On Thursday, October 16, a MAF (Mission Aviation Fellowship) pilot, Hadleigh Smith (23) of Sydney was reported overdue on a delivery flight in Australia's Northern Territory. He was flying a Cessna GA8 Airvan aircraft, for the Marthakal Yolngu Airline, a company owned by a local Aboriginal Council on Elcho Island.
Due to return at 2.30pm, his non-arrival was reported immediately. Australia Search and Rescue officials coordinated the effort which, over the following 24 hours, involved seven MAF airplanes, two AUSAR airplanes, two civilian helicopters and two military helicopters. MAF operations in Arnhem Land were also suspended to focus on the search, 336 miles (540km) east of Darwin.
On Saturday, Rob Owen, the CEO of MAF Australia reported that some cargo and a wheel had been recovered from the shoreline of Buckingham Bay, only 12.4 miles (20km) from Elcho Island. Local communities joined in the search by boat and on the land.
However, on Saturday AUSAR (Australian Search and Rescue) passed jurisdiction for the search to the Northern Territory Police. Whilst still involved in planning, AUSAR's physical presence was lessened. The search continued. Many local Aboriginal community members went out on the water in their own boats looking and some walked many kilometers of mangrove shoreline in search of Hadleigh. Nothing was sighted.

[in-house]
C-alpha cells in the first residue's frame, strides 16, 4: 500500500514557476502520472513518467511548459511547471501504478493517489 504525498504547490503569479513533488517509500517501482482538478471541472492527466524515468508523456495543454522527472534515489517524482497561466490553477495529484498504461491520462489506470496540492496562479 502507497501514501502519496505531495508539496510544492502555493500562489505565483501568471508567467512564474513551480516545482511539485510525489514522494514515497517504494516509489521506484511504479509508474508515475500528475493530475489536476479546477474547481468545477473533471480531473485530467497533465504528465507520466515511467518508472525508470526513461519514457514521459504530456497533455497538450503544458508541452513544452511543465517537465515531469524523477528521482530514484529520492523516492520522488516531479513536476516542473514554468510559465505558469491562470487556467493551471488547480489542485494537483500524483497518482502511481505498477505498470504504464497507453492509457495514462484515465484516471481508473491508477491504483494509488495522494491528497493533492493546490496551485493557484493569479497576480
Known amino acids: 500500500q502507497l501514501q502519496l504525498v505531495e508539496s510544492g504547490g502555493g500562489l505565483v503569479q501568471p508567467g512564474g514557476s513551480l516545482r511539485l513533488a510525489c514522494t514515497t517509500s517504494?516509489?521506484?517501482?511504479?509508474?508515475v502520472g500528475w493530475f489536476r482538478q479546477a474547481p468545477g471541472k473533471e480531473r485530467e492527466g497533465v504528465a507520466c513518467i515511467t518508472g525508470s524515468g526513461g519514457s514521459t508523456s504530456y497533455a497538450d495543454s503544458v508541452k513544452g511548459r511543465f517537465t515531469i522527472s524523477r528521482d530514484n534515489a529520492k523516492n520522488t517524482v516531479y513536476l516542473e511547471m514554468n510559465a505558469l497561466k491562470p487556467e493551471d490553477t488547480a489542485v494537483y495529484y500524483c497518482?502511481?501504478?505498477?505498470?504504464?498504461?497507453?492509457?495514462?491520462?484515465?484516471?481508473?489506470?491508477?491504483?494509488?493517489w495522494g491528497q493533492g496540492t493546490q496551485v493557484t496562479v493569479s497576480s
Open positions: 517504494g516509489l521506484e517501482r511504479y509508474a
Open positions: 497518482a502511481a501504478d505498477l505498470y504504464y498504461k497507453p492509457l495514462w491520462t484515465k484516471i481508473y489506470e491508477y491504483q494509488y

Hadleigh's father, Stewart Smith - a QANTAS engineer for 30 years - traveled from Sydney to be closer to the search, but had to return home as the days went by. He said to Rebekah Cavanagh of the Northern Territory News: "Hadleigh was a Christian man who loved God (he attended the Gymea Peoples Church in the southern suburbs of Sydney). We surely believe he is now with God. His spirit has gone to be with the Lord and we believe we will see him again one day.
"His flying was a real passion for him."
On Tuesday, October 21, the Northern Territory Police announced that they have suspended the air and sea search for the missing 23-year-old pilot in the Buckingham Bay area. Equipment is being brought in to try and find the aircraft believed to be at the bottom of the Bay, but this could take several days.
MAF's ministry in Arnhem Land is different to most other MAF programs. MAF has strategically placed staff in communities to fly or to manage their airlines, providing a service as well as a Christian influence that otherwise would not have been possible.
For further information and updates: www.maf.org.au
MAF pilot missing - but not a MAF plane
Published 23 October 2008